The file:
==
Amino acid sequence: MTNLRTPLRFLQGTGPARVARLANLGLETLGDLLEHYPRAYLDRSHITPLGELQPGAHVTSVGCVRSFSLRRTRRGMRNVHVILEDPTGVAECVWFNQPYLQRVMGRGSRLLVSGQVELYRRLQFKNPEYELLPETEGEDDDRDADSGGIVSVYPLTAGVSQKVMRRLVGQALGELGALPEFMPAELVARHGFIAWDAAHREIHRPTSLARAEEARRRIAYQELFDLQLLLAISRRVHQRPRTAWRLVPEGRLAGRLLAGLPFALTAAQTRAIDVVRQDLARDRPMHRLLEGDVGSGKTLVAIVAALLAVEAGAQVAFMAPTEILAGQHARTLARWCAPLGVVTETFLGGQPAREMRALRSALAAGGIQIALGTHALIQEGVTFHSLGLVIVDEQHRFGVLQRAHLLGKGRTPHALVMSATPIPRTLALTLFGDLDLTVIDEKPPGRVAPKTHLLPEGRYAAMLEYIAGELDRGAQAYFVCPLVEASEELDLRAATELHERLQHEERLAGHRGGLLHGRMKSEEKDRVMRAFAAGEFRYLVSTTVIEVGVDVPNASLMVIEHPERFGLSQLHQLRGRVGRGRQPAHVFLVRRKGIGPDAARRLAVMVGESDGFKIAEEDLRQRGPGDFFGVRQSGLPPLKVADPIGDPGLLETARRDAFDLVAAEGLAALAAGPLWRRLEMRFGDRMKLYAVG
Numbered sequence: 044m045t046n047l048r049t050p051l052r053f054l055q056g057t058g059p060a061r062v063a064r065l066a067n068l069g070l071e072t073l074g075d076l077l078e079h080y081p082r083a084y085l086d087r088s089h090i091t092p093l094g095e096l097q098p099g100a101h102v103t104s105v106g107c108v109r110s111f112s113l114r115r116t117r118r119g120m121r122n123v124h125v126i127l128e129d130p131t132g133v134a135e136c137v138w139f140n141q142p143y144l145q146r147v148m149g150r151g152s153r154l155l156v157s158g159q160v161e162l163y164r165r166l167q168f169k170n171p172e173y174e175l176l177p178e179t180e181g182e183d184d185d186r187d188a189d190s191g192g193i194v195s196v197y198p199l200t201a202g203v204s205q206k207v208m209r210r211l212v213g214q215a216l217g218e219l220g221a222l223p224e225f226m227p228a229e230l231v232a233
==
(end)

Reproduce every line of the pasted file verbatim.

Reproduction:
Amino acid sequence: MTNLRTPLRFLQGTGPARVARLANLGLETLGDLLEHYPRAYLDRSHITPLGELQPGAHVTSVGCVRSFSLRRTRRGMRNVHVILEDPTGVAECVWFNQPYLQRVMGRGSRLLVSGQVELYRRLQFKNPEYELLPETEGEDDDRDADSGGIVSVYPLTAGVSQKVMRRLVGQALGELGALPEFMPAELVARHGFIAWDAAHREIHRPTSLARAEEARRRIAYQELFDLQLLLAISRRVHQRPRTAWRLVPEGRLAGRLLAGLPFALTAAQTRAIDVVRQDLARDRPMHRLLEGDVGSGKTLVAIVAALLAVEAGAQVAFMAPTEILAGQHARTLARWCAPLGVVTETFLGGQPAREMRALRSALAAGGIQIALGTHALIQEGVTFHSLGLVIVDEQHRFGVLQRAHLLGKGRTPHALVMSATPIPRTLALTLFGDLDLTVIDEKPPGRVAPKTHLLPEGRYAAMLEYIAGELDRGAQAYFVCPLVEASEELDLRAATELHERLQHEERLAGHRGGLLHGRMKSEEKDRVMRAFAAGEFRYLVSTTVIEVGVDVPNASLMVIEHPERFGLSQLHQLRGRVGRGRQPAHVFLVRRKGIGPDAARRLAVMVGESDGFKIAEEDLRQRGPGDFFGVRQSGLPPLKVADPIGDPGLLETARRDAFDLVAAEGLAALAAGPLWRRLEMRFGDRMKLYAVG
Numbered sequence: 044m045t046n047l048r049t050p051l052r053f054l055q056g057t058g059p060a061r062v063a064r065l066a067n068l069g070l071e072t073l074g075d076l077l078e079h080y081p082r083a084y085l086d087r088s089h090i091t092p093l094g095e096l097q098p099g100a101h102v103t104s105v106g107c108v109r110s111f112s113l114r115r116t117r118r119g120m121r122n123v124h125v126i127l128e129d130p131t132g133v134a135e136c137v138w139f140n141q142p143y144l145q146r147v148m149g150r151g152s153r154l155l156v157s158g159q160v161e162l163y164r165r166l167q168f169k170n171p172e173y174e175l176l177p178e179t180e181g182e183d184d185d186r187d188a189d190s191g192g193i194v195s196v197y198p199l200t201a202g203v204s205q206k207v208m209r210r211l212v213g214q215a216l217g218e219l220g221a222l223p224e225f226m227p228a229e230l231v232a233